We hear so often in the media about people becoming radicalized and killing and maiming in the name of God. In order to commit these atrocious acts, they were essentially radicalized by hate. In searching for a Buddhist way of seeing and responding to these horrors, I feel we are also called upon to be radicalized- by love.
In re-reading passages from Jeffery Hopkin’s excellent Cultivating Compassion: A Buddhist Perspective (Broadway, 2002), I was struck by his rendering of how to view and respond to an enemy. Paraphrasing an oral teaching given by a Tibetan Buddhist teacher in the early 20th century, Hopkins says that if a dear friend were to suddenly become crazed and attack us with knife, you would absolutely attempt to take the knife away and try to get his mind back to a sane state.
But, he adds, after taking the knife away, you wouldn’t then kick him in the head.
Of course we wouldn’t kick our dear friend in the head, because we have the intelligence and the emotional maturity to realize he was temporarily crazed.
When we signed up for this journey of deep transformation, nobody said it was going to be easy. Sure, it’s hard to sit still on your meditation cushion. But it’s far harder to have the intelligence and the emotional maturity to view our so-called enemies as dear friends, albeit temporarily crazed.
Now this business of being “temporarily” crazed is a relative thing in this analogy, as “temporary” could refer here to days, months, weeks, years, lifetimes, even unimaginably vast stretches of time, billions upon billions of lifetimes, manipulating the famous phrase by Carl Sagan.
Stay with me here: if we allow that samsara, the relentless rounds of birth and death, indeed has no beginning, then one could say you have been a dear friend (and enemy) with every other human being currently alive on this planet.
The misguided young couple, who left their 6 month old baby girl with one of their parents, saying they had an appointment, then mercilessly killed 14 and wounded 20 in San Bernardino last week –each one of them has been, at one time or another, a dear friend, not only to each of us reading this now, but also to their innocent victims, and who, for at least a part of this lifetime, have become temporarily deranged.
They have been silenced, but we still continue to kick them in the head. We also see no problem in kicking those we see as like them in the head as well.
Not very nice to kick our dear friends in the head, is it?
Yesterday NPR did an interview done by a level-headed Steve Innskeep with Ted Cruz, calmly calling him out on a remark he made recently that he wanted to carpet bomb ISIS and “make the sand glow.”
Listen. I know most of you reading this now may be bristling at what may be perceived as a convoluted, outlandish, mathematically twisted, science-fiction-esque analogy.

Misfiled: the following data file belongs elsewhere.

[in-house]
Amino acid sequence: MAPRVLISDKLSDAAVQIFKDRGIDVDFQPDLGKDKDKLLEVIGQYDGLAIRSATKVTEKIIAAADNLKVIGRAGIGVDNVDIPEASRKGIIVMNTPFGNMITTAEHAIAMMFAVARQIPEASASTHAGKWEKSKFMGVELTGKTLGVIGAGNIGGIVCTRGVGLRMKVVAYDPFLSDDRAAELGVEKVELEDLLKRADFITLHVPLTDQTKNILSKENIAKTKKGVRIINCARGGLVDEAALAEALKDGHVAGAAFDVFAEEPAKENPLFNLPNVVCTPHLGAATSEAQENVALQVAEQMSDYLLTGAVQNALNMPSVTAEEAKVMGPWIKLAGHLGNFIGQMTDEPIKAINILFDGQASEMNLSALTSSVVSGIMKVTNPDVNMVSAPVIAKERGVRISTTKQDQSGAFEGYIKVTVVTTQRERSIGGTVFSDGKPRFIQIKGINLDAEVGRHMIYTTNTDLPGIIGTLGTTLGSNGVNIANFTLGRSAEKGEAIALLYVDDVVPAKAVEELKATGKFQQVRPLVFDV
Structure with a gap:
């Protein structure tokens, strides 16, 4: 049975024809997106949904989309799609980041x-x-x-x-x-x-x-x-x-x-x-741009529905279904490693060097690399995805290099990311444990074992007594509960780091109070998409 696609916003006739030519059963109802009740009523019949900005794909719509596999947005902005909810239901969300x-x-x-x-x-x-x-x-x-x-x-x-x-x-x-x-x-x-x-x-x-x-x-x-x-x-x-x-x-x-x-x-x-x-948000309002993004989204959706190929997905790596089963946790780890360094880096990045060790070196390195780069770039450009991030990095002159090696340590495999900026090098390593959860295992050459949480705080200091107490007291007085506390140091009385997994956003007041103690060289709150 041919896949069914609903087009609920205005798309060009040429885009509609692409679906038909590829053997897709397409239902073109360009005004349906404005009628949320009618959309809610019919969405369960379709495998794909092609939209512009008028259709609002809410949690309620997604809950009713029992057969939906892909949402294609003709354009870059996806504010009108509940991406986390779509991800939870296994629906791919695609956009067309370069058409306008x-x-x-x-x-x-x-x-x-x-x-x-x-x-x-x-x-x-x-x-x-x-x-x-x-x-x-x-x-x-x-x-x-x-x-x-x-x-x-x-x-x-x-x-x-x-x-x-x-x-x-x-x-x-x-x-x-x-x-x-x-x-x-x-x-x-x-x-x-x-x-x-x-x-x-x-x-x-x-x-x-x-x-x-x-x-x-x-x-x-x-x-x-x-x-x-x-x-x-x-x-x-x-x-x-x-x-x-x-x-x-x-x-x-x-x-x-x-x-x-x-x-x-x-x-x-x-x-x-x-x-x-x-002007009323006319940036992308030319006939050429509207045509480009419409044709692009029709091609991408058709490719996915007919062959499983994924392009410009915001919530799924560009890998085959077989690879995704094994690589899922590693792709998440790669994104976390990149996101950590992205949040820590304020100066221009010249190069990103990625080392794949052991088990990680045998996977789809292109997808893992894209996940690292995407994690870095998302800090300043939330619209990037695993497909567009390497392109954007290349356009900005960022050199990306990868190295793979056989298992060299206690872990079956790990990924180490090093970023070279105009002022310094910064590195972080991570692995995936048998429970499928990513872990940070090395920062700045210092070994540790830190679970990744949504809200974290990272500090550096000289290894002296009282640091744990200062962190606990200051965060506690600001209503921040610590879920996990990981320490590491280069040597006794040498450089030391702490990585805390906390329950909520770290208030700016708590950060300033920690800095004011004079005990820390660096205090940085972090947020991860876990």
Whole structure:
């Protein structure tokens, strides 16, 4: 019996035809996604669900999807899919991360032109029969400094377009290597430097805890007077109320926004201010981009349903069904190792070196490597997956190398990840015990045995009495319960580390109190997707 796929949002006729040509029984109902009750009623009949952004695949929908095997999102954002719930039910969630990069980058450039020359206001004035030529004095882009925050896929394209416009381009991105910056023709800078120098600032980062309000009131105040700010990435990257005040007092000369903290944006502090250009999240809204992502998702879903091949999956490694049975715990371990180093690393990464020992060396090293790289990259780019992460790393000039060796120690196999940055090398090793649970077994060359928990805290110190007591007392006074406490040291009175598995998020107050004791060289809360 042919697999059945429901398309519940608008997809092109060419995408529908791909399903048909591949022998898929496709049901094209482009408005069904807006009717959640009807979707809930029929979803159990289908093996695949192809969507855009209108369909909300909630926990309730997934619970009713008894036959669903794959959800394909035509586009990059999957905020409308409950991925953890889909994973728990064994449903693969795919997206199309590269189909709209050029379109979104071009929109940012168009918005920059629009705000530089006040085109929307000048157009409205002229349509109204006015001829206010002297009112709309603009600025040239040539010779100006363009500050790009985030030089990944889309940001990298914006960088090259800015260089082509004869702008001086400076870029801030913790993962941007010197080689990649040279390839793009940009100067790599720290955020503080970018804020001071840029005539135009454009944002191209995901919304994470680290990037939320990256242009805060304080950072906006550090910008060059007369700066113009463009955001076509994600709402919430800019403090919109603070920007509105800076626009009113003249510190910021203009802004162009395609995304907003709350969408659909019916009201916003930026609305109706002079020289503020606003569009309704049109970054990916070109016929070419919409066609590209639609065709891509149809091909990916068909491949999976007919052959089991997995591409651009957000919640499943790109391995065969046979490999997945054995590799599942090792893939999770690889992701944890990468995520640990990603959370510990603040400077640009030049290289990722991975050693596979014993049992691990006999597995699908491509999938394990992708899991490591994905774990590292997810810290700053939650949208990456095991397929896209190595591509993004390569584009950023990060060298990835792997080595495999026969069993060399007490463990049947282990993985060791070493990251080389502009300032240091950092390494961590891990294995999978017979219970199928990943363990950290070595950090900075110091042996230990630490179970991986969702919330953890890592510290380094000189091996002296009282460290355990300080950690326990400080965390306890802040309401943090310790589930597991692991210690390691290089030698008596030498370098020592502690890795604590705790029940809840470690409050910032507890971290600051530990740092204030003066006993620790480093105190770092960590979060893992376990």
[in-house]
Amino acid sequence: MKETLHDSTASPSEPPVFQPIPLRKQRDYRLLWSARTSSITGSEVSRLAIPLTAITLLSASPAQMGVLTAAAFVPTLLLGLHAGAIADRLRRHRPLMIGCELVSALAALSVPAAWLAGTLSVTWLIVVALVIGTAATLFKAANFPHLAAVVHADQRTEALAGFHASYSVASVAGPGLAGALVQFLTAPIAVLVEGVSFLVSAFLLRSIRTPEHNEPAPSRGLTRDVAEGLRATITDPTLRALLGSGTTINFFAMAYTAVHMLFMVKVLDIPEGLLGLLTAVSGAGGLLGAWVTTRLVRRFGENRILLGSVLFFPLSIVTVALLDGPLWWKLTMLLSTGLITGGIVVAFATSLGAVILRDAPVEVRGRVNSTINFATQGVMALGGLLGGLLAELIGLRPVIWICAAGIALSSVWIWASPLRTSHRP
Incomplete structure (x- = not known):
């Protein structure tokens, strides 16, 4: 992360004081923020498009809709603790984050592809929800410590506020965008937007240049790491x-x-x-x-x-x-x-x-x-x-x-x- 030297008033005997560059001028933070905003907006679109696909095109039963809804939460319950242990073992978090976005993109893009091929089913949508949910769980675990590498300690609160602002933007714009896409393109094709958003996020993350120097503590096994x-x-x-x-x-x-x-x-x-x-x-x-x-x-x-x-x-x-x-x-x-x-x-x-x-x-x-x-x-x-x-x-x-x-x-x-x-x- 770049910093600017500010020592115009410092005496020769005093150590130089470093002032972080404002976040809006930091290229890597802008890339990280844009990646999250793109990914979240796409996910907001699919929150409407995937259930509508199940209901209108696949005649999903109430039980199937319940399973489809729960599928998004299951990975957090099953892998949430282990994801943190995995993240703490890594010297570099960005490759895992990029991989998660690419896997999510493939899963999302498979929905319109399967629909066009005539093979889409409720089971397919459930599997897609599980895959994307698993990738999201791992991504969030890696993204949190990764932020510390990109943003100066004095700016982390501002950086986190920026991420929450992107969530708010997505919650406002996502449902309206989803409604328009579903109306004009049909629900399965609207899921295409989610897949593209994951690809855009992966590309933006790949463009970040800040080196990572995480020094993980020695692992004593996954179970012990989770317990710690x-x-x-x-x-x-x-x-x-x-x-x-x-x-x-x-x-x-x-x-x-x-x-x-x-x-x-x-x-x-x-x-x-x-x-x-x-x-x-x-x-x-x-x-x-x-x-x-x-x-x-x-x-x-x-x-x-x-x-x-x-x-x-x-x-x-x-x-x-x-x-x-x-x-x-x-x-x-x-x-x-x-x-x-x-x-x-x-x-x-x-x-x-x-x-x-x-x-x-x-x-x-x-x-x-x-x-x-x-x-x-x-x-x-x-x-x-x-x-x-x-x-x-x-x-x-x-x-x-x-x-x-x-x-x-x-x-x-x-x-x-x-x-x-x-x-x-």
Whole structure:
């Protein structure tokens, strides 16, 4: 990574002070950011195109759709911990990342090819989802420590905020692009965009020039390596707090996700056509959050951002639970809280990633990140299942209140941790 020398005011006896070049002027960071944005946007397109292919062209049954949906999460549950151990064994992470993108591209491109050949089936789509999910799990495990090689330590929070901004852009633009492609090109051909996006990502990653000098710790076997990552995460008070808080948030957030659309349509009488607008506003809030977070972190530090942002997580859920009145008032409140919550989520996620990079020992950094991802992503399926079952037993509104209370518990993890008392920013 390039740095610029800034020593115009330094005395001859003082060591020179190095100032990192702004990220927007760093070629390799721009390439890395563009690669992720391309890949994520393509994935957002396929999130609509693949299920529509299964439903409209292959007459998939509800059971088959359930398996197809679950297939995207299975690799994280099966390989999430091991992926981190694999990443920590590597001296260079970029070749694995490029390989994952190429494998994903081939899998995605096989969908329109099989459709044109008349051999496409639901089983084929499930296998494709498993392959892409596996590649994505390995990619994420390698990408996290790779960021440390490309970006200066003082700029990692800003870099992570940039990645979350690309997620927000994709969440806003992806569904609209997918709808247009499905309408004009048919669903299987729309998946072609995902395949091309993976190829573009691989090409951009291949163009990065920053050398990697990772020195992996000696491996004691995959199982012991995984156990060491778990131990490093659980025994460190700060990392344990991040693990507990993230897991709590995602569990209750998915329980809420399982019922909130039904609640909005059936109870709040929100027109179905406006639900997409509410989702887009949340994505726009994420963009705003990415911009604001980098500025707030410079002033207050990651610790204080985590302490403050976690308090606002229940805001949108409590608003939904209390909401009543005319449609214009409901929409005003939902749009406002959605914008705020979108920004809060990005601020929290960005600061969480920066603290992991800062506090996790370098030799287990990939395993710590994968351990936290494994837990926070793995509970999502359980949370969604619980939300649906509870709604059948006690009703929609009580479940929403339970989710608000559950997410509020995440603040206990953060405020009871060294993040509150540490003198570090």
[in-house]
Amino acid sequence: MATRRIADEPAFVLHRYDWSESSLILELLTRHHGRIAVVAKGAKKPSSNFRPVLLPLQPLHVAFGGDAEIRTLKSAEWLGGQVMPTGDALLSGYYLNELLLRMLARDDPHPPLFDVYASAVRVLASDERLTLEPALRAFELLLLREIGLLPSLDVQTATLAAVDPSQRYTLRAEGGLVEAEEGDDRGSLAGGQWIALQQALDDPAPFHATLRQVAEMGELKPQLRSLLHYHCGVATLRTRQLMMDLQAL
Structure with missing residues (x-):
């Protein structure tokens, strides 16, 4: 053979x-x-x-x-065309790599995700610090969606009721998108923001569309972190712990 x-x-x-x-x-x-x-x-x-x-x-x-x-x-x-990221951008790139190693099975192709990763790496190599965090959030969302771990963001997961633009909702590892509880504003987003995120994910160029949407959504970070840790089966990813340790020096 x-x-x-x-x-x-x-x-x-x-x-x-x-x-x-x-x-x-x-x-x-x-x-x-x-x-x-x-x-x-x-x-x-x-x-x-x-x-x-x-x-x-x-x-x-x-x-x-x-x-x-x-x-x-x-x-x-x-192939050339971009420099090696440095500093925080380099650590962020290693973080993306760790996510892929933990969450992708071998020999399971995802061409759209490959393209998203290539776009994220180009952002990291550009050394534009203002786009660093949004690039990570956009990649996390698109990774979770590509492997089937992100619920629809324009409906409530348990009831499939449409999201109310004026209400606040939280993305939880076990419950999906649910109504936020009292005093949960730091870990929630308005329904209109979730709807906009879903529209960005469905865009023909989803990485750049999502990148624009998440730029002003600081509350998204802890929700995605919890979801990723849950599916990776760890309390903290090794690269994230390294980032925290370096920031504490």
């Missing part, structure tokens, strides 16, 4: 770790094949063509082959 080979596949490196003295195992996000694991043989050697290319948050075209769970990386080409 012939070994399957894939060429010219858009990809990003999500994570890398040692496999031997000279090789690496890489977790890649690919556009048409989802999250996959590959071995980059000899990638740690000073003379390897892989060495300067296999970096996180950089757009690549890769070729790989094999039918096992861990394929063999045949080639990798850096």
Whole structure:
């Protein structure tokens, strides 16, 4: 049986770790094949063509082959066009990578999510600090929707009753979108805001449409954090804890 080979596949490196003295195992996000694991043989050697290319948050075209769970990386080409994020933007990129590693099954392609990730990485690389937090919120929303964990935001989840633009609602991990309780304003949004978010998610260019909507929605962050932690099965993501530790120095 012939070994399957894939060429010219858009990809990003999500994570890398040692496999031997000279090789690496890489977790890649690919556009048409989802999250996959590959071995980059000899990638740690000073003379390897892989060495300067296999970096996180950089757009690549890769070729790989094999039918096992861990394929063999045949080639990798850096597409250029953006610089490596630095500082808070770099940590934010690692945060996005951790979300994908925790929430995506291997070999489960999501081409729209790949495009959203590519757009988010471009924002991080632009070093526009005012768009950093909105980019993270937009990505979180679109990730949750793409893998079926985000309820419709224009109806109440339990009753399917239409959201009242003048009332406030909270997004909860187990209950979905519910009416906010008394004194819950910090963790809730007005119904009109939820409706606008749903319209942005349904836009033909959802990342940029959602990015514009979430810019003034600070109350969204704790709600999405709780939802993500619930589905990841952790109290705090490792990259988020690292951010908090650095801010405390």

But hold up. Don’t press the delete key yet.
As the Spanish mystic poet and novelist Miguel de Unamuno wrote back in the late 19th century when wrestling with what he felt were bizarre Catholic teachings, at one point he had an epiphany. He called it “creer creer.”
Believe you believe (when you actually can’t say ether way) is the best translation I can come up with, but this is terribly lacking. What I feel he may have been getting is simply this:
Set aside the rational mind. Let’s not even say suspend disbelief, because even that is saying too much.
Feel in your heart for a moment the aorta of Buddhism, the core bloodline of bodhicitta, which nourishes a vision where not only are well all merely interconnected, but in which we are all intimately related.
The ISIS fighter who methodically beheads a journalist, his mother long ago.
Ted Cruz who wants the sand to glow from relentless bombing, Syed Rizwan Farook father long ago.
But feel the irony here. Feel it so much your heart breaks.
I am not asking you to believe. I am asking you to feel what that would be like to feel like were it to be true.
Now that you have the feeling, stop trying to wrestle with your mind.
Let it be radicalized by love.
Now we can form, what Thich Nhat Hahn called, a tiny drop of compassion.
This tiny drop drips on a heart closed by fear and before long a trickle of love flows.
This warmth allows the heart to soften.
It allows interest to form in how you dear friend became so crazed.
It comes to see he and his friend suffered from warped perceptions of themselves and of us.
But, hold up, you may say, this is just a drop in the bucket.
Yes, but such a marvelous drop!
Perhaps this is the best we can do.
Maybe, just maybe, your drop will be drawn to another, and another, and just maybe we might have a little stream going.
When we have this drop of compassion, we suffer less.
As we suffer less, our heart relaxes, and it can let in the pain of others.
Li ‘dat it grows.
Let it grow my brothers and sisters.
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